– On commodity markets, Nymex crude was lower, falling a massive 2.51% to $46.96. Gold is at $1,151 but copper rallied 2% to $2.6595. On the bulks, June iron ore rallied 81 cents to $57.03 a tonne while Newcastle coal for June dipped 30 cents to $58.35.

– On the data front, there is nothing in Australia today but Japanese IP is out and then tonight we get German wholesale prices, Italian CPI, US PPI and Canadian jobs.

And now from CMC Markets’ Ric Spooner is today’s Stock of the Day


Amcor was my stock to watch on Wednesday based on the possibility of a double top style pattern where the first peak is above the upper Bollinger Band and the 2nd is below it. This indicates falling momentum and the potential for a downward correction.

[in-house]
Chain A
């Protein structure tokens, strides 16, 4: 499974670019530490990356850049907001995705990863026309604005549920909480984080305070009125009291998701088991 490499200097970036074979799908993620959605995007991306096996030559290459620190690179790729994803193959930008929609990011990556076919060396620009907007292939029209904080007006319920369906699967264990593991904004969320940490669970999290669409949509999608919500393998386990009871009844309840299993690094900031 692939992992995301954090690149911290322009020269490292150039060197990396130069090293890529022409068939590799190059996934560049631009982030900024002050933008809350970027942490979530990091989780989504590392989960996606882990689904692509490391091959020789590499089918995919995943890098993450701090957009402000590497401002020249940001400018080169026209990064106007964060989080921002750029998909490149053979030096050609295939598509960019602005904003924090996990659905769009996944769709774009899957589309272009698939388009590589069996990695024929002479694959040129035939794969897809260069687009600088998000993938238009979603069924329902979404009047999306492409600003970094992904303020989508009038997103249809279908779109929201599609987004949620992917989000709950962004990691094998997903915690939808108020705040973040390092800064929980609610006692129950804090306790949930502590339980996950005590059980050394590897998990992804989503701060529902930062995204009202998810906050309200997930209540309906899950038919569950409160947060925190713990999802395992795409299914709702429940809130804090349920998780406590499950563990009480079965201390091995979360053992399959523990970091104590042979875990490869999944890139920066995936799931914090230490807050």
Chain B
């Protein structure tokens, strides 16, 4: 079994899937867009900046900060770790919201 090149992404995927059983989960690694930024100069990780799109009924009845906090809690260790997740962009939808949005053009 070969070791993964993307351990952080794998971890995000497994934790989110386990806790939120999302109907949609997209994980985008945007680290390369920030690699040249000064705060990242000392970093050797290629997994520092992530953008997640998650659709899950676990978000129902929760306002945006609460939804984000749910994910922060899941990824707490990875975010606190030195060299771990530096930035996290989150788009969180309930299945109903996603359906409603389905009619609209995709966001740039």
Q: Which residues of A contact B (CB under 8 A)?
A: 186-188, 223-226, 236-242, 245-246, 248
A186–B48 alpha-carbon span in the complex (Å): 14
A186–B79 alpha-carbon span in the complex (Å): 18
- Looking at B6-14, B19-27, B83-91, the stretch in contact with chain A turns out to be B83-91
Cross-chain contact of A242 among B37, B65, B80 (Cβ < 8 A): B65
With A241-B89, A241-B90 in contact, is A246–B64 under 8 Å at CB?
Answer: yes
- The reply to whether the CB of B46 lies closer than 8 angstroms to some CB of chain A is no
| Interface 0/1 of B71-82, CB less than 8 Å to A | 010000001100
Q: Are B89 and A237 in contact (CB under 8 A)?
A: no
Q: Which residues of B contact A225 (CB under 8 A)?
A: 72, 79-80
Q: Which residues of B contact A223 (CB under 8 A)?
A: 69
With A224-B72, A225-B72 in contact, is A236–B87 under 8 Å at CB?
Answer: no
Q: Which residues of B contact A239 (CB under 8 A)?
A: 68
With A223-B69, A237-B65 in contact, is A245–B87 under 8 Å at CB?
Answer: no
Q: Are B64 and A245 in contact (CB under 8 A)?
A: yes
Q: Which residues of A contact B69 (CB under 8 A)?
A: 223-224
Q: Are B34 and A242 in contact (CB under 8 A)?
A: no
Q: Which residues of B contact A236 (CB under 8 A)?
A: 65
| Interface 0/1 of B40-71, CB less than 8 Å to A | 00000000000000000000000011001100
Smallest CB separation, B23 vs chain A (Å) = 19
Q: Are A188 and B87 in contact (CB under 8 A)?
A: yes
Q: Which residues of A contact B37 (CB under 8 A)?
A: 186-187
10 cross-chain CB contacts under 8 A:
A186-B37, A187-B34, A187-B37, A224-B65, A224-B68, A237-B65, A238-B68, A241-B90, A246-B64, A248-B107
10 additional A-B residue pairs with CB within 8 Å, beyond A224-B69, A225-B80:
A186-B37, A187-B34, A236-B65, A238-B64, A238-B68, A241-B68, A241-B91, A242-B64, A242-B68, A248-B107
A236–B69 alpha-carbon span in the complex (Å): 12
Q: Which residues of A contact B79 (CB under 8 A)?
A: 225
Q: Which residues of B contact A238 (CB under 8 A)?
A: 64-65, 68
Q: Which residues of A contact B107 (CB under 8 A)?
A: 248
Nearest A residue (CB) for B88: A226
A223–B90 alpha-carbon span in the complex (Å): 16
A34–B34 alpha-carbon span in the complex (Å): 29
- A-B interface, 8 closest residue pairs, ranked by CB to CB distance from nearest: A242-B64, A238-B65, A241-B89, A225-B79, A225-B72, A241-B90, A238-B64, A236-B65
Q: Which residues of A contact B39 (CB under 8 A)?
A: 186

So far there’s been no second trend peak in Amcor and so no sell set up. In fact price has pushed on higher. However, I’ve featured Amcor again today because this set up is still very much in play. Price is still well under the upper Bollinger Band so a trend peak in the next few days could still give a clue about falling momentum even though the price has risen.

The other thing in the mix here is that Amcor benefits from a weaker Aussie Dollar. Give last night’s sharp rally in the Aussie and the potential for an ongoing correction, the chances of a trend peak and downward correction for Amcor look a bit greater.

Ric Spooner, chief market analyst, CMC Markets

You can follow Ric on Twitter @ricspooner_CMC